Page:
Very highly-reviewed author. “In this me-me twenty-first century, Thomas Soles may very well be the last American martyr. This self-described “simple man” writes a simple book that resuscitates the all-but-dead international labor movement. The response to his thoughts and perceptions are astounding. All around the globe, from pole to pole, from America to Zimbabwe, the marching footsteps of workers, young and old, tremor the earth. But not everyone is pleased. There’s a tight-knit, elitist clique that is absolutely livid over the thoughts and ideals that fill the pages of his book. And the moment Tom and his wife, Elaina, return home from Sweden, they realize just how angry this profit-hungry mob really is. Mortified by the horrid scene that awaits them inside their New York tenement, the Soles’ have no choice but to flee their longtime home. Hoping to find anonymity, they bounce all over America in an RV. But they don’t find peace. Instead they become moving targets. Everywhere they go they're followed by a succession of life-threatening events.”

“a novel that combines fact and fiction in a startling narrative of one man’s chilling transformation from orphan to international terrorist, and reflects the turmoil of today’s world.” See link for actual plot.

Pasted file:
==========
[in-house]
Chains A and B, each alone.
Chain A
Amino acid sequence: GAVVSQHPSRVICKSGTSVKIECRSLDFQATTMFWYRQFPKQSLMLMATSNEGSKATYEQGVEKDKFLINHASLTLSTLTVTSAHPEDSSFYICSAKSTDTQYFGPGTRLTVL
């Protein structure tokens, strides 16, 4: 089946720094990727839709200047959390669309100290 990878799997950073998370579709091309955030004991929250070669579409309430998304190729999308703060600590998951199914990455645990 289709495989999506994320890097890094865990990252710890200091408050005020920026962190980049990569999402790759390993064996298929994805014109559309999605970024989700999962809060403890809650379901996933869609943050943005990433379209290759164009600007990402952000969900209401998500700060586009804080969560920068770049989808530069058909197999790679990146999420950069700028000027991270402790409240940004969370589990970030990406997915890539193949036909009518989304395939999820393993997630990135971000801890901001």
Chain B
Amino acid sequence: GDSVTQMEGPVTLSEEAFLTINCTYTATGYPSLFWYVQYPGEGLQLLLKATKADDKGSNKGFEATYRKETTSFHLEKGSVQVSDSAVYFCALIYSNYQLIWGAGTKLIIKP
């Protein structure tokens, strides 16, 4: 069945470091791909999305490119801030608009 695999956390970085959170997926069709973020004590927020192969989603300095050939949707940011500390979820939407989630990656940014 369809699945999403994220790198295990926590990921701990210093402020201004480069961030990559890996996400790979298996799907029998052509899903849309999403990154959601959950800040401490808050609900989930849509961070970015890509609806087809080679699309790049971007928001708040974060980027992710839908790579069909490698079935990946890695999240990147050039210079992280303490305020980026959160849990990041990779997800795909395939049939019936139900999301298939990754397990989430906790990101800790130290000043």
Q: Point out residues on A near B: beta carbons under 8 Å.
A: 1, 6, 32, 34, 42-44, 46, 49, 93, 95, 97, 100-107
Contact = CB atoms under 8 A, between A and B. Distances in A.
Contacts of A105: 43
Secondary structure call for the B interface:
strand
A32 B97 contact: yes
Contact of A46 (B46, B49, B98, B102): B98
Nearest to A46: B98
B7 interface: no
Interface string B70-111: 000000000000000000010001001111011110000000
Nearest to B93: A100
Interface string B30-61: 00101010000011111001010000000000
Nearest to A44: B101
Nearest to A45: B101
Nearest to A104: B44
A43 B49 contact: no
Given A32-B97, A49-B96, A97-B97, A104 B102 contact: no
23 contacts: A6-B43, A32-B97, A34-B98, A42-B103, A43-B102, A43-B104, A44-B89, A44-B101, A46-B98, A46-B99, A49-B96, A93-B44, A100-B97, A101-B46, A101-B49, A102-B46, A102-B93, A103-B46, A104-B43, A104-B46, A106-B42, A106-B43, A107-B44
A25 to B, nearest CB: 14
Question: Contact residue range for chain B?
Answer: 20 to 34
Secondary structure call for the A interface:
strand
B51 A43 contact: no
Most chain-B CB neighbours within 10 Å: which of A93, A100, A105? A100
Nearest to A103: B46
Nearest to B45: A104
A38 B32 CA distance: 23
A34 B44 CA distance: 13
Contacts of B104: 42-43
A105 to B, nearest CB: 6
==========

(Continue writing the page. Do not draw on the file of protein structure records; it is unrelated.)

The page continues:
Unfriendly Skies
“Trans Columbia Airlines Flight 2 is under attack by a man destined to end his life and be with his beloved family. He enacts his plan with such strength and mental prowess. However, the passengers have their own weapon of choice, banding together to fight until death.”

Code Word: Paternity, A Presidential Thriller
“In a twenty-first century Pearl Harbor, nuclear terrorism takes its first city—Las Vegas—and stalks Baltimore. The terrorists have no return address—but the nuke they used does. A scientific trail scented by an ultra-secret U.S. program hidden for years behind the code word “Paternity” points toward the nation that made the bomb. … But there’s no smoking gun. Struggling to lead a divided, panicked America, wring support from uncertain allies, and blunt the opportunism of rivals, the president faces an ethical dilemma threatening his marriage, his presidency, and his very soul. As commander-in-chief, controlling nearly unfathomable power to retaliate, he can put the Armageddon genie back in the bottle—but at what cost and to whom? Ambition, conscience, and duty collide as heads of state, politicians, diplomats, and generals maneuver with the lives of millions at stake.”

Collapse, Post-Apocalypse, Speculative Futures

Desperate Times
Many reviews, so you can get a true idea of what it’s like. “Despite all the warning bells, Black Friday arrives as a devastating tidal wave that completely destroys our fragile economy in a single day. There is panic in the streets as banks close their doors, seemingly forever, at noon. Store shelves are swept bare and the gas pumps soon run dry. Jimmy Logan watches in disbelief as his world crumbles before his eyes. Luckily, he has friends who have planned ahead for this nightmarish scenario and he joins up with a group who plan to ride the storm out in northern Minnesota. Some of their group will be dead before the sun sets.”